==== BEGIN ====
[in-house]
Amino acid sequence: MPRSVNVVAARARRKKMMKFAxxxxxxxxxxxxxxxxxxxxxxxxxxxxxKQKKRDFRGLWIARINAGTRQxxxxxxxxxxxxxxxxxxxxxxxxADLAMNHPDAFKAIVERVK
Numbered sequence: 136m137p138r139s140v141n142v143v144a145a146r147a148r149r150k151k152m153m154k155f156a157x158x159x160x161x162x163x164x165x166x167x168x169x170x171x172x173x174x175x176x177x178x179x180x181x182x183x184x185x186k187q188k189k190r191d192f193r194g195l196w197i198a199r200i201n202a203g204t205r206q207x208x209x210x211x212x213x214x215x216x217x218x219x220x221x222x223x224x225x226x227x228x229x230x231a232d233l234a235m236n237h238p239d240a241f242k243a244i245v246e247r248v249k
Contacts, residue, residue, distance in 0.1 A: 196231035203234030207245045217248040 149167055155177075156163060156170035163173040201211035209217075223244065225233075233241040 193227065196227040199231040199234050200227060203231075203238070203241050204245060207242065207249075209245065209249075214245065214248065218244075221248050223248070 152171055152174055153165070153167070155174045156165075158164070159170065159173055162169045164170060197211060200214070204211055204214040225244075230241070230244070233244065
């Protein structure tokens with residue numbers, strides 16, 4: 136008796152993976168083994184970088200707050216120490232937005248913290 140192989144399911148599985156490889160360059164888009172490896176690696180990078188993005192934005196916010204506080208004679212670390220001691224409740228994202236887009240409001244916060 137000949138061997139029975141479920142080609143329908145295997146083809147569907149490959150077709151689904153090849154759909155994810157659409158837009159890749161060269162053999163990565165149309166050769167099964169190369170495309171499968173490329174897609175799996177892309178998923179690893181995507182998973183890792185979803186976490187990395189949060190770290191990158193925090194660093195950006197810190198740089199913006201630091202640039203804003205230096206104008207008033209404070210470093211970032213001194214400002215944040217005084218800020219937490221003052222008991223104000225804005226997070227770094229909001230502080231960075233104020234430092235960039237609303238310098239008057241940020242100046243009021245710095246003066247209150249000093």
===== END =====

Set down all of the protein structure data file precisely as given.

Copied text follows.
[in-house]
Amino acid sequence: MPRSVNVVAARARRKKMMKFAxxxxxxxxxxxxxxxxxxxxxxxxxxxxxKQKKRDFRGLWIARINAGTRQxxxxxxxxxxxxxxxxxxxxxxxxADLAMNHPDAFKAIVERVK
Numbered sequence: 136m137p138r139s140v141n142v143v144a145a146r147a148r149r150k151k152m153m154k155f156a157x158x159x160x161x162x163x164x165x166x167x168x169x170x171x172x173x174x175x176x177x178x179x180x181x182x183x184x185x186k187q188k189k190r191d192f193r194g195l196w197i198a199r200i201n202a203g204t205r206q207x208x209x210x211x212x213x214x215x216x217x218x219x220x221x222x223x224x225x226x227x228x229x230x231a232d233l234a235m236n237h238p239d240a241f242k243a244i245v246e247r248v249k
Contacts, residue, residue, distance in 0.1 A: 196231035203234030207245045217248040 149167055155177075156163060156170035163173040201211035209217075223244065225233075233241040 193227065196227040199231040199234050200227060203231075203238070203241050204245060207242065207249075209245065209249075214245065214248065218244075221248050223248070 152171055152174055153165070153167070155174045156165075158164070159170065159173055162169045164170060197211060200214070204211055204214040225244075230241070230244070233244065
């Protein structure tokens with residue numbers, strides 16, 4: 136008796152993976168083994184970088200707050216120490232937005248913290 140192989144399911148599985156490889160360059164888009172490896176690696180990078188993005192934005196916010204506080208004679212670390220001691224409740228994202236887009240409001244916060 137000949138061997139029975141479920142080609143329908145295997146083809147569907149490959150077709151689904153090849154759909155994810157659409158837009159890749161060269162053999163990565165149309166050769167099964169190369170495309171499968173490329174897609175799996177892309178998923179690893181995507182998973183890792185979803186976490187990395189949060190770290191990158193925090194660093195950006197810190198740089199913006201630091202640039203804003205230096206104008207008033209404070210470093211970032213001194214400002215944040217005084218800020219937490221003052222008991223104000225804005226997070227770094229909001230502080231960075233104020234430092235960039237609303238310098239008057241940020242100046243009021245710095246003066247209150249000093």